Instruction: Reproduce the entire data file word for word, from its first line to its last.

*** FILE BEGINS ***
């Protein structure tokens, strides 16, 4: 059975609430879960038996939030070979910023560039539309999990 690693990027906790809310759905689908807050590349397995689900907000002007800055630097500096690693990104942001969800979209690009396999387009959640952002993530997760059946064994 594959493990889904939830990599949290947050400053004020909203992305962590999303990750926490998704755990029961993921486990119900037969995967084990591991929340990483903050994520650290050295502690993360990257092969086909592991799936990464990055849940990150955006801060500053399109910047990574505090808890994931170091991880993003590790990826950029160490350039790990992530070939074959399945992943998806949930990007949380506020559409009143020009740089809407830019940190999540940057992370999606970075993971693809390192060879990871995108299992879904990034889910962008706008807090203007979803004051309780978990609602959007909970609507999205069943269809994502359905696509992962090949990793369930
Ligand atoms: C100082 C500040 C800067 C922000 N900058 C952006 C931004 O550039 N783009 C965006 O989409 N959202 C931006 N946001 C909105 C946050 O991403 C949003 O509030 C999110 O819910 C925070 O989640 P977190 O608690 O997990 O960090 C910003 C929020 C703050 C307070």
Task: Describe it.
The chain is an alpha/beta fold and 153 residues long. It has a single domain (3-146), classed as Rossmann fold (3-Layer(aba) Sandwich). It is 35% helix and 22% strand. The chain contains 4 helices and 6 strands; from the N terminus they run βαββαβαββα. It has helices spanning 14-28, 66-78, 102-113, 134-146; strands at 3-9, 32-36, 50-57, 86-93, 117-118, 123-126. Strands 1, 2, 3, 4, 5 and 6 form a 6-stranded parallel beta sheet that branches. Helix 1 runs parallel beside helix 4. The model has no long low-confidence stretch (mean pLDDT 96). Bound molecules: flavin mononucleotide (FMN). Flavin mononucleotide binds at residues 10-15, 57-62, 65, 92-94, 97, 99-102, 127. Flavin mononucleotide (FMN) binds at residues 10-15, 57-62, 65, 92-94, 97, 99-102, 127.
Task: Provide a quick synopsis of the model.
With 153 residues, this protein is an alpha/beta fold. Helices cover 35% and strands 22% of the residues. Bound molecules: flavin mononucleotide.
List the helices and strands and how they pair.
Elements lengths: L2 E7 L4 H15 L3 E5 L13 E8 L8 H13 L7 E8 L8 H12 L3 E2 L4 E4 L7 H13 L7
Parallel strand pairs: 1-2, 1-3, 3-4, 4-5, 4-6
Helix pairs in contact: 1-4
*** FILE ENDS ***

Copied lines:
């Protein structure tokens, strides 16, 4: 059975609430879960038996939030070979910023560039539309999990 690693990027906790809310759905689908807050590349397995689900907000002007800055630097500096690693990104942001969800979209690009396999387009959640952002993530997760059946064994 594959493990889904939830990599949290947050400053004020909203992305962590999303990750926490998704755990029961993921486990119900037969995967084990591991929340990483903050994520650290050295502690993360990257092969086909592991799936990464990055849940990150955006801060500053399109910047990574505090808890994931170091991880993003590790990826950029160490350039790990992530070939074959399945992943998806949930990007949380506020559409009143020009740089809407830019940190999540940057992370999606970075993971693809390192060879990871995108299992879904990034889910962008706008807090203007979803004051309780978990609602959007909970609507999205069943269809994502359905696509992962090949990793369930
Ligand atoms: C100082 C500040 C800067 C922000 N900058 C952006 C931004 O550039 N783009 C965006 O989409 N959202 C931006 N946001 C909105 C946050 O991403 C949003 O509030 C999110 O819910 C925070 O989640 P977190 O608690 O997990 O960090 C910003 C929020 C703050 C307070």
Task: Describe it.
The chain is an alpha/beta fold and 153 residues long. It has a single domain (3-146), classed as Rossmann fold (3-Layer(aba) Sandwich). It is 35% helix and 22% strand. The chain contains 4 helices and 6 strands; from the N terminus they run βαββαβαββα. It has helices spanning 14-28, 66-78, 102-113, 134-146; strands at 3-9, 32-36, 50-57, 86-93, 117-118, 123-126. Strands 1, 2, 3, 4, 5 and 6 form a 6-stranded parallel beta sheet that branches. Helix 1 runs parallel beside helix 4. The model has no long low-confidence stretch (mean pLDDT 96). Bound molecules: flavin mononucleotide (FMN). Flavin mononucleotide binds at residues 10-15, 57-62, 65, 92-94, 97, 99-102, 127. Flavin mononucleotide (FMN) binds at residues 10-15, 57-62, 65, 92-94, 97, 99-102, 127.
Task: Provide a quick synopsis of the model.
With 153 residues, this protein is an alpha/beta fold. Helices cover 35% and strands 22% of the residues. Bound molecules: flavin mononucleotide.
List the helices and strands and how they pair.
Elements lengths: L2 E7 L4 H15 L3 E5 L13 E8 L8 H13 L7 E8 L8 H12 L3 E2 L4 E4 L7 H13 L7
Parallel strand pairs: 1-2, 1-3, 3-4, 4-5, 4-6
Helix pairs in contact: 1-4